BlackBerry announced yesterday that it has appointed David Kleidermacher as its new Chief Security Officer. Kleidermacher is the former CTO of Green Hills Software, a company that calls itself "the largest independent embedded software provider." Kleidermacher joined Green Hills Software in 1991 as a systems software engineer, according to his LinkedIn profile.
BlackBerry is taking the same approach with its Internet of things platform, launched Wednesday at International CES, as it is with its smartphone business: Aim at its core markets.
In IoT, the struggling mobile vendor has found an emerging area of technology where it may have the right combination of strengths. The company signaled as much last May when it announced Project Ion, a future cloud-based service it said would make it easier for enterprises to develop IoT software.
BlackBerry has unveiled its new mobile-device management and security platform and struck wide-ranging partnerships to bolster its capabilities, sending its shares more than 6 per cent higher.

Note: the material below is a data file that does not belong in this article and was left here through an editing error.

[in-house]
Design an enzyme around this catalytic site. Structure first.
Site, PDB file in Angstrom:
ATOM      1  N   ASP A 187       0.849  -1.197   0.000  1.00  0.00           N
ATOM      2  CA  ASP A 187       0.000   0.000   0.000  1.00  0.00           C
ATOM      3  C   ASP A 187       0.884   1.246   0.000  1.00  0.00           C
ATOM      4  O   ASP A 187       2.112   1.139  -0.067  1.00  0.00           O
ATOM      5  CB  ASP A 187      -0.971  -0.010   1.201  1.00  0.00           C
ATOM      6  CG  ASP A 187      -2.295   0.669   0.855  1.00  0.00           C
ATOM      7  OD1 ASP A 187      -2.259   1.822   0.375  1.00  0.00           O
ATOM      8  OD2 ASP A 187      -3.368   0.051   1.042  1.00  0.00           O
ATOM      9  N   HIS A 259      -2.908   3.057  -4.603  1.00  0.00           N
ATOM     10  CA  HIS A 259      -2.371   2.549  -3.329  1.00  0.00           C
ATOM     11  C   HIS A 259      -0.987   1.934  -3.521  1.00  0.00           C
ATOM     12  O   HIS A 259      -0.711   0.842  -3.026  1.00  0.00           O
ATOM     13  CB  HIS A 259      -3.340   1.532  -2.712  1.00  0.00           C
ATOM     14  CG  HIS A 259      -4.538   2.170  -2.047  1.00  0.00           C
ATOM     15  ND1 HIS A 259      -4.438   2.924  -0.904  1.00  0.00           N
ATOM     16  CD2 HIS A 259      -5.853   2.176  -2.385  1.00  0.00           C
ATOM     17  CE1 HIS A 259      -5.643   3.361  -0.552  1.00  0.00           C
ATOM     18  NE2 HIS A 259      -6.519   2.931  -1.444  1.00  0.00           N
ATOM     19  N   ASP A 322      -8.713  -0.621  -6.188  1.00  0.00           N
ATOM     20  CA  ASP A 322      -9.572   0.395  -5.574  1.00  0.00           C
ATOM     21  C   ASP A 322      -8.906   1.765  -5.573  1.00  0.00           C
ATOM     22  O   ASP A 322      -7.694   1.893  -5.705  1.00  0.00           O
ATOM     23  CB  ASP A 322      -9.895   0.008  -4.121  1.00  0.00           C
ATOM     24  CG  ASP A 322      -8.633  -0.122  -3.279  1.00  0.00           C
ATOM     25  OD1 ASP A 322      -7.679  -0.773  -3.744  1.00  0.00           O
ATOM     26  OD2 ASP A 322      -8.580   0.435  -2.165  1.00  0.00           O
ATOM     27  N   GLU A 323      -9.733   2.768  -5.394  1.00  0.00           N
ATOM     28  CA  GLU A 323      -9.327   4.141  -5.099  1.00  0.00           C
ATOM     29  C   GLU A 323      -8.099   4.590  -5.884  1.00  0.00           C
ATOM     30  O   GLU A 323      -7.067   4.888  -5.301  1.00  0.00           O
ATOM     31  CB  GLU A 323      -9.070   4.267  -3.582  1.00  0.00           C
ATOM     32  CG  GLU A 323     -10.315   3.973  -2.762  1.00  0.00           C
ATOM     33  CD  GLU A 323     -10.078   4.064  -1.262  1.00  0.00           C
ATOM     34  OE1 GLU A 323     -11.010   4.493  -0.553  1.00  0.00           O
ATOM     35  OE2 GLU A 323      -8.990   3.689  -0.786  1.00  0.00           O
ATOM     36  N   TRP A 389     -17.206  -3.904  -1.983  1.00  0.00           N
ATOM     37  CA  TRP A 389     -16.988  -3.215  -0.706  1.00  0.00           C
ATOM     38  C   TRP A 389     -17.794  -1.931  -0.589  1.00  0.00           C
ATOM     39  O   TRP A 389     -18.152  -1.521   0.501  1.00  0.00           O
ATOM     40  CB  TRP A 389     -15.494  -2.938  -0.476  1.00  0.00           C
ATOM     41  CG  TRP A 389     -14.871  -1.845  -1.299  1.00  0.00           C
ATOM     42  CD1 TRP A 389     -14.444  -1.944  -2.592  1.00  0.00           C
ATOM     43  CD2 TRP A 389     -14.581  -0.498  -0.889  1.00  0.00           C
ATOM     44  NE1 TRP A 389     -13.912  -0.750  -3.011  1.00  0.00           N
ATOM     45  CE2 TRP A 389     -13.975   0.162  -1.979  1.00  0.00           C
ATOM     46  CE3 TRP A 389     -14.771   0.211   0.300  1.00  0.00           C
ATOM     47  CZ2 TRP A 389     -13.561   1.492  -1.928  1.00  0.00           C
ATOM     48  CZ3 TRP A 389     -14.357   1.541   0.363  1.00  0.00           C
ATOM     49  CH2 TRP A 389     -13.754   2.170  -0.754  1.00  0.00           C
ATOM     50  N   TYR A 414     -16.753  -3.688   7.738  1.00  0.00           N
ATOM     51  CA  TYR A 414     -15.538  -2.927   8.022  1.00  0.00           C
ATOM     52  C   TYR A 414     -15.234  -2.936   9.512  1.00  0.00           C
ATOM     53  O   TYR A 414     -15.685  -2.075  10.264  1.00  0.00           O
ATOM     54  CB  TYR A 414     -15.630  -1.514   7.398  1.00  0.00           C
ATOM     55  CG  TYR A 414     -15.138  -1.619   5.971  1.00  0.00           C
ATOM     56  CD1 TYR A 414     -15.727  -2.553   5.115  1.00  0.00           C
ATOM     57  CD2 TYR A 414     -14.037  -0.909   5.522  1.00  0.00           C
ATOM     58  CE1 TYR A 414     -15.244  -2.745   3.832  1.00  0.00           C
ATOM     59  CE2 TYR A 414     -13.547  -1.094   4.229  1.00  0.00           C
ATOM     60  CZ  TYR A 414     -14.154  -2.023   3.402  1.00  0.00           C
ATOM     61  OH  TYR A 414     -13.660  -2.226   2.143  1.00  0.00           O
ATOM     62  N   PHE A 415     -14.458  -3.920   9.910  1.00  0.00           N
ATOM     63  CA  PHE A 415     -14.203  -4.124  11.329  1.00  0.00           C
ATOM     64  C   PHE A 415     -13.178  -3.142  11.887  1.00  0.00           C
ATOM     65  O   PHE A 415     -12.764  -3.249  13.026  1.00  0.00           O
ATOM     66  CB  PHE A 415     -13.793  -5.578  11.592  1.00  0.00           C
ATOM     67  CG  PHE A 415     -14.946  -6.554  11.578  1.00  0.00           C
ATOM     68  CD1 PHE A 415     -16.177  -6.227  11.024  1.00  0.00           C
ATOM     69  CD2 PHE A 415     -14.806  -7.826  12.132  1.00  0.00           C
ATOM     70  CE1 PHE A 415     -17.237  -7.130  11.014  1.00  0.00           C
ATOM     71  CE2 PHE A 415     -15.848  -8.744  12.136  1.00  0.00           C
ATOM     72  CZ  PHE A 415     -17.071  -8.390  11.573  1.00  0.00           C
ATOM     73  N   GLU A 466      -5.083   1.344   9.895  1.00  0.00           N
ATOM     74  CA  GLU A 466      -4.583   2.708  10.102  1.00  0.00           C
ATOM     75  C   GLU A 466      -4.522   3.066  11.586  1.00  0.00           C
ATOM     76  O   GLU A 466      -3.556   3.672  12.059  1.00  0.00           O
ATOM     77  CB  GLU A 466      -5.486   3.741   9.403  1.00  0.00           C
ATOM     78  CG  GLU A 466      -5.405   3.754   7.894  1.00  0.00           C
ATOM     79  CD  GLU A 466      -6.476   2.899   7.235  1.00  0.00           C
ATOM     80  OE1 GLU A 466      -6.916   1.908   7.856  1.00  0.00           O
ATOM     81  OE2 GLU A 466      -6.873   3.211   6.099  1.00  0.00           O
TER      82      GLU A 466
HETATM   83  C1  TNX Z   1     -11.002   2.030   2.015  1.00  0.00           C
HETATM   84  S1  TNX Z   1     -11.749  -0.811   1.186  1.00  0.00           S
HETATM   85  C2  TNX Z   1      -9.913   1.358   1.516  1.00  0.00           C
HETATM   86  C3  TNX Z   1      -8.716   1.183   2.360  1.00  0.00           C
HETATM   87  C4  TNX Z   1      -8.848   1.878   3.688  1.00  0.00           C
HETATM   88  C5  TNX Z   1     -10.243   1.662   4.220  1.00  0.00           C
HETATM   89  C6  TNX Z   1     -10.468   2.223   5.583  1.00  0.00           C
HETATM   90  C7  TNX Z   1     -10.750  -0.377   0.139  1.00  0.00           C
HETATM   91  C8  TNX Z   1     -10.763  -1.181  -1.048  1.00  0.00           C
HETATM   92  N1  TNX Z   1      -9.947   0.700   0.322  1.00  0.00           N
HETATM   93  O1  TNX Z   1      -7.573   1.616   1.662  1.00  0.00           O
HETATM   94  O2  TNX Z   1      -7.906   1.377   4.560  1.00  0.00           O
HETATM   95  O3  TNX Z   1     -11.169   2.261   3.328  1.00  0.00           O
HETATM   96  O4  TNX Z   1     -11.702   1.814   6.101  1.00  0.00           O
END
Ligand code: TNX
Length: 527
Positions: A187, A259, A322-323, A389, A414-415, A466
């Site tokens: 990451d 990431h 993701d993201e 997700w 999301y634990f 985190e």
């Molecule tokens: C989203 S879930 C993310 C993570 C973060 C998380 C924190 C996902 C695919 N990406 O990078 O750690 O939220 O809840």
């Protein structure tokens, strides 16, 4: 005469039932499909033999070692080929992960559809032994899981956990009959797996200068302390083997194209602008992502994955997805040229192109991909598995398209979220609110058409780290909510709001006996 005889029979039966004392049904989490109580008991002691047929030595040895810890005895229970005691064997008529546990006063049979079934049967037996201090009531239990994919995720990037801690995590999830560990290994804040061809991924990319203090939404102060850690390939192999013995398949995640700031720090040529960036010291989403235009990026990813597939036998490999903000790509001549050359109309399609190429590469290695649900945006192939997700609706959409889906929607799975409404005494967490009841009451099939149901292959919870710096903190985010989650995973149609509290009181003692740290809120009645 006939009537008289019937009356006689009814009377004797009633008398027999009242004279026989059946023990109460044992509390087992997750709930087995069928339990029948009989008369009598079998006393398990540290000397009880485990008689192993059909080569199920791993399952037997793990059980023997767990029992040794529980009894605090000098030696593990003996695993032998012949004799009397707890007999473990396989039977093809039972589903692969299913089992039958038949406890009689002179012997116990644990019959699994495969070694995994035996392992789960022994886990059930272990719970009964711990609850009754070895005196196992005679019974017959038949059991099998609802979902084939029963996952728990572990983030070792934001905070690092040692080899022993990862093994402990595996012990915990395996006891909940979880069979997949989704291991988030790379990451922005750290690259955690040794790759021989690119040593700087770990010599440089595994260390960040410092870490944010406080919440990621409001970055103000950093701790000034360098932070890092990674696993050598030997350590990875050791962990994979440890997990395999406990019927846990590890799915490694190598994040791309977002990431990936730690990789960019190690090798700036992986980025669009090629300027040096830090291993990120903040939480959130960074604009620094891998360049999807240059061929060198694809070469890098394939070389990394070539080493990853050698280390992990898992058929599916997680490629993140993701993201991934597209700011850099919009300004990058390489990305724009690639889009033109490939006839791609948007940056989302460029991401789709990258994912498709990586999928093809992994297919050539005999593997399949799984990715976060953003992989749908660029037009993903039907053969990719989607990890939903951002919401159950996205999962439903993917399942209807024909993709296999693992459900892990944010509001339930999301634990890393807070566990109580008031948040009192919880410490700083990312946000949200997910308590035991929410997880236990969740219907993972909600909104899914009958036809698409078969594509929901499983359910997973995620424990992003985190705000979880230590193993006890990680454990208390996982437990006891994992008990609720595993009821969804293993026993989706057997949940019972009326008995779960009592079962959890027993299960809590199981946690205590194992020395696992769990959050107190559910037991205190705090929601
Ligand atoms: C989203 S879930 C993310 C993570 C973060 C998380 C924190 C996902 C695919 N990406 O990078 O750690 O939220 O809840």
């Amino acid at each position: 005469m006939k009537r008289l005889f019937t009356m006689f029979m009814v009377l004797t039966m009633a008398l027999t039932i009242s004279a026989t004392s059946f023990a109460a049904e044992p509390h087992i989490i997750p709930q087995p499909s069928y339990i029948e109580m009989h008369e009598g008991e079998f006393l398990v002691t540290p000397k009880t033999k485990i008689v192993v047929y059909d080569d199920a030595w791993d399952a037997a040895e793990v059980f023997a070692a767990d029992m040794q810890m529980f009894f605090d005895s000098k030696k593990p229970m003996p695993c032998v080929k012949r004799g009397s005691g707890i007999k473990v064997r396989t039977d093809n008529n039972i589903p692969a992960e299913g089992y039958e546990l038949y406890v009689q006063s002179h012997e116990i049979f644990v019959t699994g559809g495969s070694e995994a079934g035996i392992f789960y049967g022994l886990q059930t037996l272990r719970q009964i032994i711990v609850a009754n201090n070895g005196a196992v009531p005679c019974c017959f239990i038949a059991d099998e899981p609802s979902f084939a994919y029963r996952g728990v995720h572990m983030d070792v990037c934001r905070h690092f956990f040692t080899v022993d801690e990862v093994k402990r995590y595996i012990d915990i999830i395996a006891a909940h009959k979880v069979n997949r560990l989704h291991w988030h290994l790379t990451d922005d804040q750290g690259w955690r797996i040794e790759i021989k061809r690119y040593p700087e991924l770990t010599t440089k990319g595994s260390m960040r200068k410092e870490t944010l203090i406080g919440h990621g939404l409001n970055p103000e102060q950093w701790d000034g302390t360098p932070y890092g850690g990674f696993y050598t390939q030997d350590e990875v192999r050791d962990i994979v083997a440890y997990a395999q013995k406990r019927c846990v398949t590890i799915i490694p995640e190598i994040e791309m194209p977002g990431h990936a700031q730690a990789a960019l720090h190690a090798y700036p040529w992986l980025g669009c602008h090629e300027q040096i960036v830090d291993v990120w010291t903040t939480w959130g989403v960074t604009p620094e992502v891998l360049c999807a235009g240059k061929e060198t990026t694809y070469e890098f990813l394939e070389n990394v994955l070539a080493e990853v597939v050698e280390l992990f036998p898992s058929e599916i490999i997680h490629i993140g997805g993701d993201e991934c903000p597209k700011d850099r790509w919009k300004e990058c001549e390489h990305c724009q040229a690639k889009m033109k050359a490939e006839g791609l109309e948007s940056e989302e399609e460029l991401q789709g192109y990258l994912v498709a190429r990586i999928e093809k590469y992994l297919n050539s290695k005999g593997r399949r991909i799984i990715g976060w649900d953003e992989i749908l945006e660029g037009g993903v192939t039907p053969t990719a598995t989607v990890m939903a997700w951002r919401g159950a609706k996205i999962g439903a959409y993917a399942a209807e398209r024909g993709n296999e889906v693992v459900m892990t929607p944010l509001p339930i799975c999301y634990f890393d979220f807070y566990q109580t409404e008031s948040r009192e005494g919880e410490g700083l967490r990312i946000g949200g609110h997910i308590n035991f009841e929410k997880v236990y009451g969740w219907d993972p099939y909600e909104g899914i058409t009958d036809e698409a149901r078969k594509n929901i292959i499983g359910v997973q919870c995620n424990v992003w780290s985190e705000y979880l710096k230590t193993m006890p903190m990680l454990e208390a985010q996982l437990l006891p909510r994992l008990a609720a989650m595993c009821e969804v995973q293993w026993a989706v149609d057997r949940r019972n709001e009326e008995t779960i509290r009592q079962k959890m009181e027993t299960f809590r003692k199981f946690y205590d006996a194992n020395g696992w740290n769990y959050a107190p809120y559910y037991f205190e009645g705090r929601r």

BlackBerry said it would team up with Samsung to provide a "highly secure mobility solution" for Samsung's Android phones. The system couples the Canadian company's device management capability with the KNOX software embedded on Samsung's Galaxy phones and tablets, and will be available in early 2015, the companies said.
BlackBerry's new square-faced, enterprise-targeted Passport smartphone hit 200,000 preorders within two days of their debut online on Sept. 24, selling out the devices for now and giving the company some pleasant news after what has been several years of disappointments.
The 200,000 preorders were announced by John Chen, BlackBerry's CEO, during a first-quarter 2015 earnings call with analysts on Sept. 26 and have been confirmed by BlackBerry.
Yes on top of the Blackberry Passport launch we have a new scandal. Apparently if you put your new iPhone 6 in your back pocket and sit down it bends. Granted I think anyone who puts their phone in their back pocket is an idiot but this showcases some of the design tradeoffs that Apple makes that Blackberry reverses. For Apple design, weight, and thin are high priorities which tends to result in phones that are very attractive but also relatively fragile. For Blackberry battery life, security, and practicality dominate and that makes for a very different phone and experience.